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Rotary receives update on H1N1 flu in Emmet County

By Staff | Oct 23, 2009

Kathy Preston, Emmet County Public Health Director

Wash your hands.

Cover your mouth if you cough or sneeze.

Stay home if you’re sick.

Sound like something you learned in kindergarten? Well, it still applies.

Emmet County Public Health Director Kathy Preston told Estherville Rotarians Thursday about the status of H1N1 in the county and how people can help prevent the spread of one of the more misunderstood illnesses to hit the area in some time.

To date, Emmet County Public Health has had three clinics.

As Preston has said in previously released statements, the following groups have been targeted:

n Pregnant women.

n People who live with or care for children young than six months.

n Health-care and emergency medical services personnel with direct patient contact.

n Children six months through four years.

n Children five through 18 years who have chronic medical conditions.

Preston also explained why H1N1 has not been readily available to all of the general public.

“It’s not a shortage. It’s just delayed shipments,” Preston said.

The vaccine couldn’t be coming too soon, though, considering that H1N1 is gaining a foothold in Emmet County.

“We’re seeing a lot of H1N1 in the county and outside counties. School absenteeism has been pretty high,” Preston said.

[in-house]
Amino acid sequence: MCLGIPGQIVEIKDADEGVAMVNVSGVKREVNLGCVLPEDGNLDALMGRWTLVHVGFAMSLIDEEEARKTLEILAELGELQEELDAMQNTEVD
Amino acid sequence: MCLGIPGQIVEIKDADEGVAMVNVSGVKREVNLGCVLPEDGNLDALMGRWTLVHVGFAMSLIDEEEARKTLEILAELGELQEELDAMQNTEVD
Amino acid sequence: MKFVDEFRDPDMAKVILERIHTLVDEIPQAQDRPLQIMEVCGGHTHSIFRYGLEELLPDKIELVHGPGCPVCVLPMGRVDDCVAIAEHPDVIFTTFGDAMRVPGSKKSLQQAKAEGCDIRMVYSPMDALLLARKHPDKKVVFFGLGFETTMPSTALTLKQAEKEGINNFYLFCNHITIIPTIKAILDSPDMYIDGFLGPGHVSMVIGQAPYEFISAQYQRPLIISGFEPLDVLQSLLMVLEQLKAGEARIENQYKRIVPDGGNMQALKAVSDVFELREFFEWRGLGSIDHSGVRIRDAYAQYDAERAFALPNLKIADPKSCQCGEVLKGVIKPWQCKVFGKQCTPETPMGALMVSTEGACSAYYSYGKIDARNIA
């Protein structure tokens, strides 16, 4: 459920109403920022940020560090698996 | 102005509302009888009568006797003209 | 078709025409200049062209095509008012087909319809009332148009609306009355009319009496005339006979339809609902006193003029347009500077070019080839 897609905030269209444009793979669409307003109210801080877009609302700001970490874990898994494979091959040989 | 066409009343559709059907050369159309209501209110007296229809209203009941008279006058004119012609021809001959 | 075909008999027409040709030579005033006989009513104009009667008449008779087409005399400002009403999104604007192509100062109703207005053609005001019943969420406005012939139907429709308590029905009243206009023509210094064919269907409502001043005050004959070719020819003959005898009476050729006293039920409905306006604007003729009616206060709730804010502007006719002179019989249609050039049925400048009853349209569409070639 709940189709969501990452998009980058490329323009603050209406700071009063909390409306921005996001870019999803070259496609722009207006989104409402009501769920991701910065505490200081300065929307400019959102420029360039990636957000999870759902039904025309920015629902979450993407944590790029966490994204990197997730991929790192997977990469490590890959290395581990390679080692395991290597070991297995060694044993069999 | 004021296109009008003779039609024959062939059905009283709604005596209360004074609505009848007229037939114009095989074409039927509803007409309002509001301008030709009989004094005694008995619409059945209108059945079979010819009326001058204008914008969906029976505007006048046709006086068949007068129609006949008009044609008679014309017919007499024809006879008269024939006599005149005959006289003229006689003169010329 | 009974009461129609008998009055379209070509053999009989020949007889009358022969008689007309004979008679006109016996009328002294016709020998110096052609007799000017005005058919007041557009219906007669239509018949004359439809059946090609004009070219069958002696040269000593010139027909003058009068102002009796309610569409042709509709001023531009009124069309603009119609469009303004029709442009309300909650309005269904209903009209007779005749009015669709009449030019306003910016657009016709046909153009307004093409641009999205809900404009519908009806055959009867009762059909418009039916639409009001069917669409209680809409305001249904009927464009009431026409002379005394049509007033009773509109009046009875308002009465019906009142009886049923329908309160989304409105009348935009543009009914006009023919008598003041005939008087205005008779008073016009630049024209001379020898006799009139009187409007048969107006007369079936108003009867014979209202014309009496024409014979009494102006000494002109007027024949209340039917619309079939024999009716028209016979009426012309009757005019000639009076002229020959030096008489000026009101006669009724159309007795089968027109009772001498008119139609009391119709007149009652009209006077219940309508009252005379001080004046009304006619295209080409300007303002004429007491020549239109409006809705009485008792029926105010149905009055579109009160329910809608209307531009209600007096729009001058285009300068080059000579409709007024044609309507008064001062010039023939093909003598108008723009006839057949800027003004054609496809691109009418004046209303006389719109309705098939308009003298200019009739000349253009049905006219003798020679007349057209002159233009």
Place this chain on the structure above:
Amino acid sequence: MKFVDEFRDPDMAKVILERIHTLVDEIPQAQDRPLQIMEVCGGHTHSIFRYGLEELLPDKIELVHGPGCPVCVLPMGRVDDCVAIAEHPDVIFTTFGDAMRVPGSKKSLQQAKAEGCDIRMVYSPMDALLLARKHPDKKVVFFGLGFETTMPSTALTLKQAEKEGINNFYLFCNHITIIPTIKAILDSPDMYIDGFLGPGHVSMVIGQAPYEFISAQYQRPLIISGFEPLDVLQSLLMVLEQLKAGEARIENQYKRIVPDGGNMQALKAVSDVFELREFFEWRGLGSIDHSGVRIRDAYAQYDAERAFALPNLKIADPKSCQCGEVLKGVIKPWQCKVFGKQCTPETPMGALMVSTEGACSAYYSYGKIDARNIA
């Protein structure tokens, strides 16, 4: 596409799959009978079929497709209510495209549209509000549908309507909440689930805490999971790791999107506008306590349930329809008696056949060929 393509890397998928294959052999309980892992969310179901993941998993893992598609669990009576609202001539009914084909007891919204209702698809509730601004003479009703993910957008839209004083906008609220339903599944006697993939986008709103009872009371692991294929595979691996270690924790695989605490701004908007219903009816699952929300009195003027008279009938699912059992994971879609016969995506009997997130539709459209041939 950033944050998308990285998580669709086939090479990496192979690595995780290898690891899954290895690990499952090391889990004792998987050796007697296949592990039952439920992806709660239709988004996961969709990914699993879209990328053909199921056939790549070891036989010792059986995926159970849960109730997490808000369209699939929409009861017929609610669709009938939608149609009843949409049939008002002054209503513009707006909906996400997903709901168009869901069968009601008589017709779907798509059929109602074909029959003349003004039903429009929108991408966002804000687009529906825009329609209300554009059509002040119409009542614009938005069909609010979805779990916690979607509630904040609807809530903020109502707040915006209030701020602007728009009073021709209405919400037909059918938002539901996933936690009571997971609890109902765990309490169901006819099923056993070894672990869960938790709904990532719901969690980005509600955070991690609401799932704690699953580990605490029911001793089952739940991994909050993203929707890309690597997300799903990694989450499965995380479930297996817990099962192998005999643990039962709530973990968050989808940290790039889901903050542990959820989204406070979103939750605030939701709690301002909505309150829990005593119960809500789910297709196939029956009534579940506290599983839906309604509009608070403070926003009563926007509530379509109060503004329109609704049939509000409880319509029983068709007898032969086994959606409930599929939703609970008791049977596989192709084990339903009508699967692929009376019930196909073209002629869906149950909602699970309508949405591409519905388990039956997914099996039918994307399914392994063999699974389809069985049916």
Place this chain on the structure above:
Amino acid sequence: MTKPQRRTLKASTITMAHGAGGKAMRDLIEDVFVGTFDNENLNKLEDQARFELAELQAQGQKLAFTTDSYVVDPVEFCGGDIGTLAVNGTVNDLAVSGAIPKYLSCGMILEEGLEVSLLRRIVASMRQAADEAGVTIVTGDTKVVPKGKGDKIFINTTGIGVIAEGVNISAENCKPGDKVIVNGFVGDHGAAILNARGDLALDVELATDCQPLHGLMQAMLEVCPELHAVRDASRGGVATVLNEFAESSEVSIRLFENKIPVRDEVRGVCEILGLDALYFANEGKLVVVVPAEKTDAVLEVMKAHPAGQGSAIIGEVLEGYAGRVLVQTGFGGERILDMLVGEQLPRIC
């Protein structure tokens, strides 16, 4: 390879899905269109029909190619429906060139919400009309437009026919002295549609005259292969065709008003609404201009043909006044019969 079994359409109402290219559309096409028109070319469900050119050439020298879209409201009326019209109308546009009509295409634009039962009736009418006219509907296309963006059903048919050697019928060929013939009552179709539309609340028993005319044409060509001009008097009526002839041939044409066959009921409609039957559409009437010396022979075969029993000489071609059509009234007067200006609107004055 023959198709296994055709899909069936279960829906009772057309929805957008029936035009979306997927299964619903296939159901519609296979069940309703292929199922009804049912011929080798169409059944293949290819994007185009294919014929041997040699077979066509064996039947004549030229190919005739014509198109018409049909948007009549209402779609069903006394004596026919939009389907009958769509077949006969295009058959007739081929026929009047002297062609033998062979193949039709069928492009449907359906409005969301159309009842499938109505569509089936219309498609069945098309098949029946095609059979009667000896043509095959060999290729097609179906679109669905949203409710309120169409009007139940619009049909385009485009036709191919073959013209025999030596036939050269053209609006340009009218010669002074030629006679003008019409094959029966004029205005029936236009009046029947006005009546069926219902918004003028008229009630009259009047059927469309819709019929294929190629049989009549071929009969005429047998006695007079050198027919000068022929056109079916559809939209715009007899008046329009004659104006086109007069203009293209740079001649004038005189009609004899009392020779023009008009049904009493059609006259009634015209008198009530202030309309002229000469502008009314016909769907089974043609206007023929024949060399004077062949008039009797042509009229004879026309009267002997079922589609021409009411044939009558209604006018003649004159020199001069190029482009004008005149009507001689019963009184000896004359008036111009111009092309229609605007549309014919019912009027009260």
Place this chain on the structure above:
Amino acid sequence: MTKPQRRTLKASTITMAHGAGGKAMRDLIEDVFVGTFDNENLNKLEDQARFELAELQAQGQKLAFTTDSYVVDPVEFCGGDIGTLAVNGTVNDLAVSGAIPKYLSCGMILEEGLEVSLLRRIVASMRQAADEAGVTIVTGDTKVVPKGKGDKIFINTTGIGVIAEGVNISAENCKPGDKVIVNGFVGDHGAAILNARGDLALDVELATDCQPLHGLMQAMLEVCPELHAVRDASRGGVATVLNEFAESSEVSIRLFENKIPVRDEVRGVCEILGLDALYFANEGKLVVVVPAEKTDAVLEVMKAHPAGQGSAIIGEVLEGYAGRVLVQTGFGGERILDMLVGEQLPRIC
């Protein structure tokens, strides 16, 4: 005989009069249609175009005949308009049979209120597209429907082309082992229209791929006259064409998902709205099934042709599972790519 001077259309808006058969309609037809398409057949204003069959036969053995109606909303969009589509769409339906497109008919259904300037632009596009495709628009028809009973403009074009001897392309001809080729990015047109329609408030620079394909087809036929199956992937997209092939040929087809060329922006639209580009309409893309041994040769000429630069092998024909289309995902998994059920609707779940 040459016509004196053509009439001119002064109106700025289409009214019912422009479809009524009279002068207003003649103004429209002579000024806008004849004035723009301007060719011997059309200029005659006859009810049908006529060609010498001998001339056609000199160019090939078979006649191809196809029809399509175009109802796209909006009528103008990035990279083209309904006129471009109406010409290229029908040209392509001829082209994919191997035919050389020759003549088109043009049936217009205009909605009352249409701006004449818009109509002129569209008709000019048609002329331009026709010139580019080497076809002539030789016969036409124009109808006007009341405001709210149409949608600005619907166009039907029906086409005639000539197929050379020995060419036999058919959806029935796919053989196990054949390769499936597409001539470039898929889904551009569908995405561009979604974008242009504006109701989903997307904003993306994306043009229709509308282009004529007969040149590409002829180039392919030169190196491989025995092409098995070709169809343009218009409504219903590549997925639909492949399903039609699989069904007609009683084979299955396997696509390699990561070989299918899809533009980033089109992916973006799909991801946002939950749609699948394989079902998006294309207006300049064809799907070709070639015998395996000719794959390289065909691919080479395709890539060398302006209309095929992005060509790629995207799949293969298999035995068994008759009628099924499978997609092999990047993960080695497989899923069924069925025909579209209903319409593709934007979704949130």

Even if a person thinks he or she has had H1N1, Preston recommends that person get vaccinated.

“If it’s influenza-like illness, it’s probably H1N1,” Preston said, noting that the seasonal flu usually hits in November. She said though that another wave of H1N1 can be expected.

Preston advised that a person wash hands, cough into an elbow and stay home if ill – 24 hours after a person is free of fever is a good guideline.

While there’s no need to wait between seasonal flu and H1N1 vaccines, Preston said someone who has nasal spray vaccine for seasonal flu needs to wait 28 days before being vaccinated for H1N1.

Both Preston and Dr. Jim Creech, another fellow Rotarian, addressed a question from Scott Taylor about serious complications of H1N1.

Preston said if a person has trouble breathing that’s an indication of a serious condition. Other signs are blueness around the lips, especially in children, and extended high temperatures.

Dr. Creech said dizziness, a sign of dehydration, is also symptom to note. He said if a person has a second spike in temperature that could indicate a secondary condition. “The most important thing is stay in if you’ve got it,” Dr. Creech said.

Regarding target groups, Preston said Emmet County Public Health is following Centers for Disease Control and Iowa Department of Public Health guidelines.

Dr. Creech noted that those providing direct care to children, one of the target groups, indicates those who are within three feet of a patient.

Anyone with questions about H1N1 may call 1-800-447-1985 or go online to www.idph.state.ia.us for more information.